The Actor’s Questionnaire: Monty Burgess

March 6, 2014 | Filed Under Uncategorized 

So here’s a thing: every week, I’m going to be sticking up answers to a questionnaire I wrote from a different actor. Hopefully, they’ll give an illuminating sense of what it’s like to be an actor in the trenches. If you would like to take part in the questionnaire, drop me a line and I’ll send it to you. This week: Monty Burgess.

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Name: Monty Burgess
Location: London
Playing age: Mid to late 30’s
Casting Type: Police officers, thugs, militia, office workers…and itinerant fathers.

Spotlight: http://www.spotlight.com/interactive/cv/1/M104321
Twitter: http://twitter.com/montyburgess
E-mail: monty@montyburgess.net

Why did you become an actor?
I like telling stories, and I like collaborating with people. I like being part of the creative machine.

How long have you been acting professionally?
My first professional job was in 1999.

Do you prefer stage/screen/spoken word?
I prefer screen. It’s all good, it’s all work and it’s all fulfilling. But screen, definitely.

Is acting your sole form of income/creative expression?
Income? Not yet. Creative expression? I also write and work on film crews in different capacities (editing, visual effects, camera assist, gaffer).

What role/project are you proudest of to date?
Probably my first professional job. It was a play based around Australian Rules Football (AFL) and one of my roles was as an Essendon supporter – I’m not a sports fan and I was wilfully ignorant of it. I had no affinity to it at all. For the play, I had to learn the games rules, club theme songs, players names, club history, attend matches, do all I could to be that person. On the first night, after the play, one of the audience members commented that I must be the most die hard fan that ever was. That was an achievement for me.

What is the strangest thing you’ve ever had to do on set?
I doubled as a homosexual neo Nazi and a homicidal grandmother in the same film.

What is your stance on paid/unpaid work?
It would be great if Equity had more diverse contracts along the lines of SAG to help encourage low budget productions to aim higher – to help give them a path and a structure. Likewise, the co-operative framework outlined by BECTU (https://www.bectu.org.uk/get-involved/campaigns/cooperative-agency) is one that needs championing.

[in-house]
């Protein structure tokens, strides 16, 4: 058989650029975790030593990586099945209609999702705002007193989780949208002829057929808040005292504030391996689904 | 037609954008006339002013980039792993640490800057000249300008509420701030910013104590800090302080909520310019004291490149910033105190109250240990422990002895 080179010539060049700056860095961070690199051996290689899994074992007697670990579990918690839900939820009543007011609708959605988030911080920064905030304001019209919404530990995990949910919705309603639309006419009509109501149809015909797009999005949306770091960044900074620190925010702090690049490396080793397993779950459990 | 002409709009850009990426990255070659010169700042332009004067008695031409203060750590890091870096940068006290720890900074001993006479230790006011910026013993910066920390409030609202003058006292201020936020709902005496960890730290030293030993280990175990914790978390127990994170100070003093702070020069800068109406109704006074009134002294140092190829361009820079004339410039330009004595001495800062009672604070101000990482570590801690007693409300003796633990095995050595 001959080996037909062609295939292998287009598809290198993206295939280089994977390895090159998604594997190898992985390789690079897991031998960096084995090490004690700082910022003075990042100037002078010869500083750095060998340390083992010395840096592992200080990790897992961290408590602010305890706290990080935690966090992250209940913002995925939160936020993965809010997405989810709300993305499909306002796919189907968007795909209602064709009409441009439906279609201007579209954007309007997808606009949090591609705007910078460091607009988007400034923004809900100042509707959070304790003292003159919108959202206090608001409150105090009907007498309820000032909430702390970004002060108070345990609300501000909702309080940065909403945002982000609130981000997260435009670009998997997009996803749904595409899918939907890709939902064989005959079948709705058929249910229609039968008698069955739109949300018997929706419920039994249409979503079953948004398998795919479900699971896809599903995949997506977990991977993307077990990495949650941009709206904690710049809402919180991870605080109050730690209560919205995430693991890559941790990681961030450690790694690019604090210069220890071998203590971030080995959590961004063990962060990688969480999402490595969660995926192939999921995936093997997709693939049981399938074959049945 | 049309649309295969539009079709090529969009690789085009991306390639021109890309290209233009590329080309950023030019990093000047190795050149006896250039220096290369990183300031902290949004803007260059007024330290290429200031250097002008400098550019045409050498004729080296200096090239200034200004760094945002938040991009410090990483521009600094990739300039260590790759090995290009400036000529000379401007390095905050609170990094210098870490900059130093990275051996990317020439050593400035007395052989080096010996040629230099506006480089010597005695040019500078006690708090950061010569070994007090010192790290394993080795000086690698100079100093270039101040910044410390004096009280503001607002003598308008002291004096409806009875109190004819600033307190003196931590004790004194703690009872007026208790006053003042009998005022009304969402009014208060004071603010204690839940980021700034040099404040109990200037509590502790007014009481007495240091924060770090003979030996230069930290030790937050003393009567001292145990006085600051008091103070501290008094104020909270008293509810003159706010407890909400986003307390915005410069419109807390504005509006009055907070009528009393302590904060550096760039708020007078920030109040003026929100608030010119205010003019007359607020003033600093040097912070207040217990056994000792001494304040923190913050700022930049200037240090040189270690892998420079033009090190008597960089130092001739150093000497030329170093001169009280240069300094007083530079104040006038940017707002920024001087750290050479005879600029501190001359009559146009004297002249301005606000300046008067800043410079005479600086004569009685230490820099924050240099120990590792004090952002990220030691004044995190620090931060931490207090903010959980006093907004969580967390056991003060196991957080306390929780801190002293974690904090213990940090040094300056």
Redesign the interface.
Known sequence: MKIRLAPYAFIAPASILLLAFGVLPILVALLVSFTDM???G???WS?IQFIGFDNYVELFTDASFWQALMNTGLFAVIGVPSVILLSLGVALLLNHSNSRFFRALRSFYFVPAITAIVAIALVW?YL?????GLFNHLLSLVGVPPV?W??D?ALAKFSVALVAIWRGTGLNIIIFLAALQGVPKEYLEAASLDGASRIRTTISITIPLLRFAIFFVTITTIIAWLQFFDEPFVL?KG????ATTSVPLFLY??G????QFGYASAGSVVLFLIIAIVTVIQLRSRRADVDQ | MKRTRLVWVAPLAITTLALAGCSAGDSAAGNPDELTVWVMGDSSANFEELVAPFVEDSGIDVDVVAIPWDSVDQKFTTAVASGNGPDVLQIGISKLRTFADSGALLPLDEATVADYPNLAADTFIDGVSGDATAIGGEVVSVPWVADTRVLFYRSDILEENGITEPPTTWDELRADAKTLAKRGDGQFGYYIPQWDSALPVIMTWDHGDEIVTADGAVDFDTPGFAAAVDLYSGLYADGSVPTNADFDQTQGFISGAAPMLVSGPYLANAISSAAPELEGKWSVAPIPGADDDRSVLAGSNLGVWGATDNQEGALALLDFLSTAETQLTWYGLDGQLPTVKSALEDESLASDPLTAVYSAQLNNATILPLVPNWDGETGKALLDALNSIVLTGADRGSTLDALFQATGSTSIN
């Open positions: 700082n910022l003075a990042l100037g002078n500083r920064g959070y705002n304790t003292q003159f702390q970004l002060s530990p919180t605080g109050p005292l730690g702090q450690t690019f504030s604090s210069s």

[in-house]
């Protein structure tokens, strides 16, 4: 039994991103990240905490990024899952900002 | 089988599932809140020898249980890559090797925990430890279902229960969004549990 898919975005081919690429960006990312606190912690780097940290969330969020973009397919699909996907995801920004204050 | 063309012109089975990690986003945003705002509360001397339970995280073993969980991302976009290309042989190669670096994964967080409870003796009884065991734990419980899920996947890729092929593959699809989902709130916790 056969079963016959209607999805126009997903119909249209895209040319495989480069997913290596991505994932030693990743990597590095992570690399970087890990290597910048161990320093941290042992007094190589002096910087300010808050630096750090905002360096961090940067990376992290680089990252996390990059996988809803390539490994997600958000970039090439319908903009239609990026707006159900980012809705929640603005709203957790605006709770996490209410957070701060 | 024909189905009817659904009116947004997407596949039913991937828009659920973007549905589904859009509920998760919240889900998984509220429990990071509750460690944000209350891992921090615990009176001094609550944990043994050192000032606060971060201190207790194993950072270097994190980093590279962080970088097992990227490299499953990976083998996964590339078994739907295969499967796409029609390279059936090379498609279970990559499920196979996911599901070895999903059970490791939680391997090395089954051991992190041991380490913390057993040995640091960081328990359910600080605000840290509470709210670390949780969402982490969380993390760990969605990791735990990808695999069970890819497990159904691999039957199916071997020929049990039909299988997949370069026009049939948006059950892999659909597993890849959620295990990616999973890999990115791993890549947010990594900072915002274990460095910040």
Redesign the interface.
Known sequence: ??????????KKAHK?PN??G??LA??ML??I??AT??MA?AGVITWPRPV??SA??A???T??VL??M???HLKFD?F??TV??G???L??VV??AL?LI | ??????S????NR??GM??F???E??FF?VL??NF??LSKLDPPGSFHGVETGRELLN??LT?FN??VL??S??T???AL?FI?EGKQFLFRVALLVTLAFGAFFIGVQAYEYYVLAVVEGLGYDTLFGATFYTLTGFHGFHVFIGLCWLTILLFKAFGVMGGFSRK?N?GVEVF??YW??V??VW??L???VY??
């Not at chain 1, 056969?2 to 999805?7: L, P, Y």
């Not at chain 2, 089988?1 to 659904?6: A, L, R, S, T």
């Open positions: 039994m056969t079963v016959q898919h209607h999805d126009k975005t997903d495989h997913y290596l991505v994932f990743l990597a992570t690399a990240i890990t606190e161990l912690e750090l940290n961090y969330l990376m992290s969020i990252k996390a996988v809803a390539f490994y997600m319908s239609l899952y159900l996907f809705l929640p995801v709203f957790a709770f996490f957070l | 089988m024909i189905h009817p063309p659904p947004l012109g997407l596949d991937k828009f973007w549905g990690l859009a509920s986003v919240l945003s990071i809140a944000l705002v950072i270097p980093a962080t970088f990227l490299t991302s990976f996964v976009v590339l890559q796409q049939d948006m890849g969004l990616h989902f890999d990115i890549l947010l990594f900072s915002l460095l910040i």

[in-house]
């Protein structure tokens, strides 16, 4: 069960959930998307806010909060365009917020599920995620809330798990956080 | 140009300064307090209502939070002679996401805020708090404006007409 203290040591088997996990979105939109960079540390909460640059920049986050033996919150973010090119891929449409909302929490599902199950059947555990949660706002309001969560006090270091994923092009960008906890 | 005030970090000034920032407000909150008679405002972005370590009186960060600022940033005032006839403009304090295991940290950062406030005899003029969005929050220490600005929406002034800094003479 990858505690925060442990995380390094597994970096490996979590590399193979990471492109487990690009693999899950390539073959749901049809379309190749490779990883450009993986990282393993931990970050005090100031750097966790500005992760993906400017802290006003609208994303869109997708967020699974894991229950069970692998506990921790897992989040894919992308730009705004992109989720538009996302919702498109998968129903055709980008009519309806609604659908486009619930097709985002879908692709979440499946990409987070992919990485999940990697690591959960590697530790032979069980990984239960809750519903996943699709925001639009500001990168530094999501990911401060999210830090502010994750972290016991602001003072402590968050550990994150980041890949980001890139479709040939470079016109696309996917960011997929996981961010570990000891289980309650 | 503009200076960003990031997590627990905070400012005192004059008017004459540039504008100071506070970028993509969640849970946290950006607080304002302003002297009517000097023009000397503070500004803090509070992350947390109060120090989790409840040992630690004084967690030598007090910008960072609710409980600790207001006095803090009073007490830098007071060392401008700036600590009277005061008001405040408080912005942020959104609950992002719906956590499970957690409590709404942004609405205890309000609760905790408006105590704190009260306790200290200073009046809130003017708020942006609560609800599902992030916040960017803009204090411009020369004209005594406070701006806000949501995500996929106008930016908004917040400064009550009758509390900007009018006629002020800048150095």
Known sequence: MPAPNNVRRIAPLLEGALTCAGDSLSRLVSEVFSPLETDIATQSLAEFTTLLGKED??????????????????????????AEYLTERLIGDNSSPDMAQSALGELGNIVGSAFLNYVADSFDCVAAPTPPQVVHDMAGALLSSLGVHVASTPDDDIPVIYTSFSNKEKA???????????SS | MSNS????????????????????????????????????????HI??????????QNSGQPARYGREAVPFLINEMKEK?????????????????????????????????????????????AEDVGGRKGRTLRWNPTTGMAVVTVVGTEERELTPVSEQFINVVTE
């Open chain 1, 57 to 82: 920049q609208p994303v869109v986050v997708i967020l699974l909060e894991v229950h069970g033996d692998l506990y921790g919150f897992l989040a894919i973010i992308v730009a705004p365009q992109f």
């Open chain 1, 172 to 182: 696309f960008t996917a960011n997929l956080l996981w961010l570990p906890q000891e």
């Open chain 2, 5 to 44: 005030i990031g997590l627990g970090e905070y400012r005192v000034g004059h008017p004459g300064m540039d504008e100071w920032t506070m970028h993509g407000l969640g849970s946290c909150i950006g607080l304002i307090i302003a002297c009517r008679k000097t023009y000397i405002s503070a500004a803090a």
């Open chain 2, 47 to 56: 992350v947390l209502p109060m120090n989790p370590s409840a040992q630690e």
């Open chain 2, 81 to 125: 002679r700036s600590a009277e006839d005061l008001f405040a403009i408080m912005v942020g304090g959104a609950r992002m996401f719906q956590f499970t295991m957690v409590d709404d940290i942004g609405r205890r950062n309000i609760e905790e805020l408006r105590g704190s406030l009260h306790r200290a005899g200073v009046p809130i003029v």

How do you approach a role?
The script is the starting point, whatever information can be mined from there informs and sparks everything else.

What would be the single biggest piece of advice you would give to any actor?
If you can stand to do something else and not feel like something is fundamentally missing, do it.

How do you cope with quiet times/self-doubt?
Stoicism and determination. Sheer bloody mindedness.

What is your greatest ambition?
To go from strength to strength as an actor, and be financially secure in this industry.

Whose footsteps would you most like to follow in, career wise?
I think George Clooney picks some really interesting films to do. I loved ‘The American’, ‘The Men Who Stare at Goats’, ‘Good Night and Good Luck’, ‘Michael Clayton’, ‘Fail Safe’, ‘Syriana’ and ‘Solaris’.

Wild card! Give us an opinion on ANYTHING that you love or hate about the job.
I love watching my friends succeed, because equally I see them in the down times – I see them struggle, strive and work hard to pay the rent and put food on the table and keep some sort of faith. I don’t think I know anyone who has coasted into a role or has had it fall into their lap. They’ve all worked and sweated for it.

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